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Extended Audio Sample House Audiobook, by Tracy Kidder Click for printable size audiobook cover
3 out of 53 out of 53 out of 53 out of 53 out of 5 3.00 (1,133 ratings) (rate this audio book) Author: Tracy Kidder Narrator: Adrian Cronauer Publisher: Recorded Books, LLC Format: Unabridged Audiobook Delivery: Instant Download Audio Length: Release Date: June 2017 ISBN: 9781456124113
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Why on earth should the nail-by-nail building of a house hold any fascination for anyone? Because when you put a lawyer, an architect, and a hippie builder together, that spells trouble. Kidder tells his story so well that you can’t help but take sides.

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Listener Opinions

  • 4 out of 54 out of 54 out of 54 out of 54 out of 5 Alison | 2/19/2014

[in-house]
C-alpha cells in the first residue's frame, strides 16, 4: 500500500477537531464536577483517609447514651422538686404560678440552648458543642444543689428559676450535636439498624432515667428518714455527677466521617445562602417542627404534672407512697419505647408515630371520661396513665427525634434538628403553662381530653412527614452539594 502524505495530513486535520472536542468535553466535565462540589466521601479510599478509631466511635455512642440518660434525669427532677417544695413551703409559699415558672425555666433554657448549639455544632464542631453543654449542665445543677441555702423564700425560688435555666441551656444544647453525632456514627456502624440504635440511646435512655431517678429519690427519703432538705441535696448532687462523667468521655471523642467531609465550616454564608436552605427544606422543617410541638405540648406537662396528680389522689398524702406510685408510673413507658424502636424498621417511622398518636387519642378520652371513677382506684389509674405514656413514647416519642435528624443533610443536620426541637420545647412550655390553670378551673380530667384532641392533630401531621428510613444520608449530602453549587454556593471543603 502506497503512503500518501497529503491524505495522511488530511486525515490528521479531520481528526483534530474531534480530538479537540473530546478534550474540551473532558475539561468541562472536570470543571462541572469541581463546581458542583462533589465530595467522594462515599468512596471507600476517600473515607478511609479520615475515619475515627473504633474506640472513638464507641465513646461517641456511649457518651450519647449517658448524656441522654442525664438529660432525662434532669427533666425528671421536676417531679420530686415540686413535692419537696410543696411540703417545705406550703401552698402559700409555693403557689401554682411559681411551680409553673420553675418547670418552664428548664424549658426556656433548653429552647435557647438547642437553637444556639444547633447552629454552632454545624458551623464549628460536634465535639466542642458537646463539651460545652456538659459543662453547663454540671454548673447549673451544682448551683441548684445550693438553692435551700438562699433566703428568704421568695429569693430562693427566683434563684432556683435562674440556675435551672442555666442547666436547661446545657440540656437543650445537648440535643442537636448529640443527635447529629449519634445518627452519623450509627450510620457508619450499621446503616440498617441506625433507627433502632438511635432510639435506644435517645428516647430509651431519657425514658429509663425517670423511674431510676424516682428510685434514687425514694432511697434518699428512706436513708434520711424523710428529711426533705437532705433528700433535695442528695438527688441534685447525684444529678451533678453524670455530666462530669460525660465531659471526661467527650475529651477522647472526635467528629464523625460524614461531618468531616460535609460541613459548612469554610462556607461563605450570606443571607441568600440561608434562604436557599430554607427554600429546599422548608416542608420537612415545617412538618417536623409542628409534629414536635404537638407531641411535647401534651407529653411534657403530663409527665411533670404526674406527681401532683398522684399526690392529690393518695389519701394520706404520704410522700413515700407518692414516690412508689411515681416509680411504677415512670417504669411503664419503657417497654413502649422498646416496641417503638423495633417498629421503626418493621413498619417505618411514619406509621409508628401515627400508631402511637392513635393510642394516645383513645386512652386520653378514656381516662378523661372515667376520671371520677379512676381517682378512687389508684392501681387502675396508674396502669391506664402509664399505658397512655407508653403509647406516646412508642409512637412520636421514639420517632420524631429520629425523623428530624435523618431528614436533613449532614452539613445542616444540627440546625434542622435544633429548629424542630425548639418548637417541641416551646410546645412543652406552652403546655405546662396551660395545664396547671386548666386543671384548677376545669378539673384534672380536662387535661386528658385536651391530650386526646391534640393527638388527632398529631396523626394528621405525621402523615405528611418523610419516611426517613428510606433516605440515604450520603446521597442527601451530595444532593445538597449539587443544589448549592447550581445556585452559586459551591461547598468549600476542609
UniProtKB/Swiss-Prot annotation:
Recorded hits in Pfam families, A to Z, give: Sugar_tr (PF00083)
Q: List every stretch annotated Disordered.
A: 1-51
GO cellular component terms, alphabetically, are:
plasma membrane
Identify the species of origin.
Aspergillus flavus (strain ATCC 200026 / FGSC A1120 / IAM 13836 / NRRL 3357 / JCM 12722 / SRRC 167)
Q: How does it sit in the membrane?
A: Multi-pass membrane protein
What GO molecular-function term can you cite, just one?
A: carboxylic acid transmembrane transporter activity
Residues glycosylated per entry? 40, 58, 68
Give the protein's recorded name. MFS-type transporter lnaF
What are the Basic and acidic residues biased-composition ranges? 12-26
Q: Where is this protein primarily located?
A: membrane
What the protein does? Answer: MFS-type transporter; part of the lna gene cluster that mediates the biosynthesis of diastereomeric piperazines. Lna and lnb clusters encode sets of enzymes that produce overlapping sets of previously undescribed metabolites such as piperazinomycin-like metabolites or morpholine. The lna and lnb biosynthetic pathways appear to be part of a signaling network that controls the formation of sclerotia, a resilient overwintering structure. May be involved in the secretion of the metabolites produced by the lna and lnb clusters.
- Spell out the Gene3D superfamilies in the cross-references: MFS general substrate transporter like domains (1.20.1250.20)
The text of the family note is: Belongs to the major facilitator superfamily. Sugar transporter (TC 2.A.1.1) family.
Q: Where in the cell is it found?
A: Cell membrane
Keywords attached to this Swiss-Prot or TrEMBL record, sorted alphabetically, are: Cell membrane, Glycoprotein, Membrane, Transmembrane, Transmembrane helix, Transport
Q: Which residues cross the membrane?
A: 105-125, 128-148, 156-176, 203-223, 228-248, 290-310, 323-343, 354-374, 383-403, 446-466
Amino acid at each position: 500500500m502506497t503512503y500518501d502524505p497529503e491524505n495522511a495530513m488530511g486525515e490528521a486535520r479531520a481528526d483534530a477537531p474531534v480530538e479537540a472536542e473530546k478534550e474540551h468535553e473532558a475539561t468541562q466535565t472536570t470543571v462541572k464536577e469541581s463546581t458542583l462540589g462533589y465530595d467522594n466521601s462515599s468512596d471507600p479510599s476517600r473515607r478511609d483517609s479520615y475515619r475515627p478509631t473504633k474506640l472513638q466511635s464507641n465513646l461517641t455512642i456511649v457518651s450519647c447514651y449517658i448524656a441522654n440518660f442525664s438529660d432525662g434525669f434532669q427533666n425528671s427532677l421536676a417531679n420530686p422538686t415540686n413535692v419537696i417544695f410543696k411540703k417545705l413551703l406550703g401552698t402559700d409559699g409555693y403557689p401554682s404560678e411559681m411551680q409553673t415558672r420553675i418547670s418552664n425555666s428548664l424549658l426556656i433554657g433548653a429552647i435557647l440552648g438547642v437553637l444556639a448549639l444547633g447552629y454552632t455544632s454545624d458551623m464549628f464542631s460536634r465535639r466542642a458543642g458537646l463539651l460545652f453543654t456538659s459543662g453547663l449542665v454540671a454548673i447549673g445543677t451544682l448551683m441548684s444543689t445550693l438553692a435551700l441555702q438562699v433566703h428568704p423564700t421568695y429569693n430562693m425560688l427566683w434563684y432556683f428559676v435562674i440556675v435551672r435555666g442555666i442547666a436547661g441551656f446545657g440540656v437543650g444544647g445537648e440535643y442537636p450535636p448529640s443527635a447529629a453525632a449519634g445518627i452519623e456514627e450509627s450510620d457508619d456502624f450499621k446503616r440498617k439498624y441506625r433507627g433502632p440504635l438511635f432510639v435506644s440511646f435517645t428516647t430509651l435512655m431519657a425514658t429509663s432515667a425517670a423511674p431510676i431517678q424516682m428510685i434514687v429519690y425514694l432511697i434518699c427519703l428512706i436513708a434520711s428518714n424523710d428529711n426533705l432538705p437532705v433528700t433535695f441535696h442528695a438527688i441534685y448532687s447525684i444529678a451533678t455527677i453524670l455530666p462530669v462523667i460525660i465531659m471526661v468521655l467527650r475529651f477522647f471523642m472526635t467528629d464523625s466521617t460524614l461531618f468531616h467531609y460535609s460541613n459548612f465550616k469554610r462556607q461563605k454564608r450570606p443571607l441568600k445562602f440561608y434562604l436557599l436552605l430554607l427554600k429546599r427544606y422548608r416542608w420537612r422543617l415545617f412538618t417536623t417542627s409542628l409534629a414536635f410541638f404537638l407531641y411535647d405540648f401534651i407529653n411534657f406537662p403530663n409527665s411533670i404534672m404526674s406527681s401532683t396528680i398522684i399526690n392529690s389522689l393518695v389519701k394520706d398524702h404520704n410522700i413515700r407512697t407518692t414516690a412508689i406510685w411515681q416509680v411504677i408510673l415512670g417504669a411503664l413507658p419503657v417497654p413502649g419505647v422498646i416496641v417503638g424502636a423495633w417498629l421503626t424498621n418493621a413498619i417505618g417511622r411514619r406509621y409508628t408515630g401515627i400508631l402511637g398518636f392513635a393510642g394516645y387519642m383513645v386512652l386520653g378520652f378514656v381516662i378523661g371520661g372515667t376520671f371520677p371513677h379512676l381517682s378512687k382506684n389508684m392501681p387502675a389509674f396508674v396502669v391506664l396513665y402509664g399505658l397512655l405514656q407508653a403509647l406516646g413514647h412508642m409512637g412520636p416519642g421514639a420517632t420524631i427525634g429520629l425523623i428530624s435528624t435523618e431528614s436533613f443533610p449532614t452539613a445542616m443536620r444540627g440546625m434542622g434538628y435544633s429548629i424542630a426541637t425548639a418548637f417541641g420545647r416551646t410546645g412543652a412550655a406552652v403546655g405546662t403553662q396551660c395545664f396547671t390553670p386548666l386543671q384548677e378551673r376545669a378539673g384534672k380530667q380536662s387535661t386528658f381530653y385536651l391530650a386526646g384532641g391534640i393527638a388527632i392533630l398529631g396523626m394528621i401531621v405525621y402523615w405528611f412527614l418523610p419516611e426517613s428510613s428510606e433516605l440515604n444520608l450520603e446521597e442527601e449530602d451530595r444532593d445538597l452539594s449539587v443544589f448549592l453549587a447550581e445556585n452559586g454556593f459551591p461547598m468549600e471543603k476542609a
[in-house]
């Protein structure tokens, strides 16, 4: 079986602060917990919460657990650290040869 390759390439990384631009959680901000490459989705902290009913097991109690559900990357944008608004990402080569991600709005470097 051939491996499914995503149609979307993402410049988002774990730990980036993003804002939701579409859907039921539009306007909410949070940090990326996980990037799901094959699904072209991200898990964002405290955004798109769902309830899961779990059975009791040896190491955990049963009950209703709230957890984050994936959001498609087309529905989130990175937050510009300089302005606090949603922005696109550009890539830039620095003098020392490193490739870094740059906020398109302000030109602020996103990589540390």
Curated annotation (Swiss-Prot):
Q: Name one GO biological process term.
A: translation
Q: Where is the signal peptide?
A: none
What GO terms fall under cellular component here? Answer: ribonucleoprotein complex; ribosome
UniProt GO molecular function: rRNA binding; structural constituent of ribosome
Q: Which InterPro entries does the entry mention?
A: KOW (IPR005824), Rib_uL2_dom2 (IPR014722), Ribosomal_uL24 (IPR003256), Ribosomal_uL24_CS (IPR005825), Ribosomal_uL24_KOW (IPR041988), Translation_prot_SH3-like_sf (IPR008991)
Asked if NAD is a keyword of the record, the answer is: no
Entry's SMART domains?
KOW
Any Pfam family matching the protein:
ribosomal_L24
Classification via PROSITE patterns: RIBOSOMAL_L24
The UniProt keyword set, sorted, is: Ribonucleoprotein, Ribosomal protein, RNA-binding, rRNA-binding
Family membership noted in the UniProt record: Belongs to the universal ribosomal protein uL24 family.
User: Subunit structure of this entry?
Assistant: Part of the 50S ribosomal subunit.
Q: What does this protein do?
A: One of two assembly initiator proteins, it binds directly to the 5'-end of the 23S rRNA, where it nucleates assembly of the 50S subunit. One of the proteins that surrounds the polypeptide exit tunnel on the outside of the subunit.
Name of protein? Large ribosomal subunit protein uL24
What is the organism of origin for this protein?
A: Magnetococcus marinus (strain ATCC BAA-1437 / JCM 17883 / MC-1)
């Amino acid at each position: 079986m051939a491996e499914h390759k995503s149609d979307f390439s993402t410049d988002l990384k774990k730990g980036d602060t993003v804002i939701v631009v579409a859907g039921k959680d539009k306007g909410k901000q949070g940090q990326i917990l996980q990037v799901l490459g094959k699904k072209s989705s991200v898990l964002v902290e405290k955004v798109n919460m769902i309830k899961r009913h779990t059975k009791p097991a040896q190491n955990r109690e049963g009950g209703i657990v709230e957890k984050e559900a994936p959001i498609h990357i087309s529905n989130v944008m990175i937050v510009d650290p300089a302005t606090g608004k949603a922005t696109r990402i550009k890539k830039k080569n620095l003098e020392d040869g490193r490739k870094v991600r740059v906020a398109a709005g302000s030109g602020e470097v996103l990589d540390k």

" Carpenters, construction--how interesting could it be? Endlessly. Kidder spins an epic tale about the building of his house. Anyone who's been through the process or dreams of starting from scratch with a fresh set of blueprints will enjoy. "

  • 5 out of 55 out of 55 out of 55 out of 55 out of 5 Lillian | 2/3/2014

    " I love this peak inside the workings of home building, all the emotions mixed up in sawdust. "

  • 4 out of 54 out of 54 out of 54 out of 54 out of 5 Mary | 1/28/2014

    " Everybody and everything concerned with a home build from planning to move-in. All the decisions, emotions, conflicts, resolutions. Only Tracy Kidder could make this compelling... "

  • 5 out of 55 out of 55 out of 55 out of 55 out of 5 Joe | 1/20/2014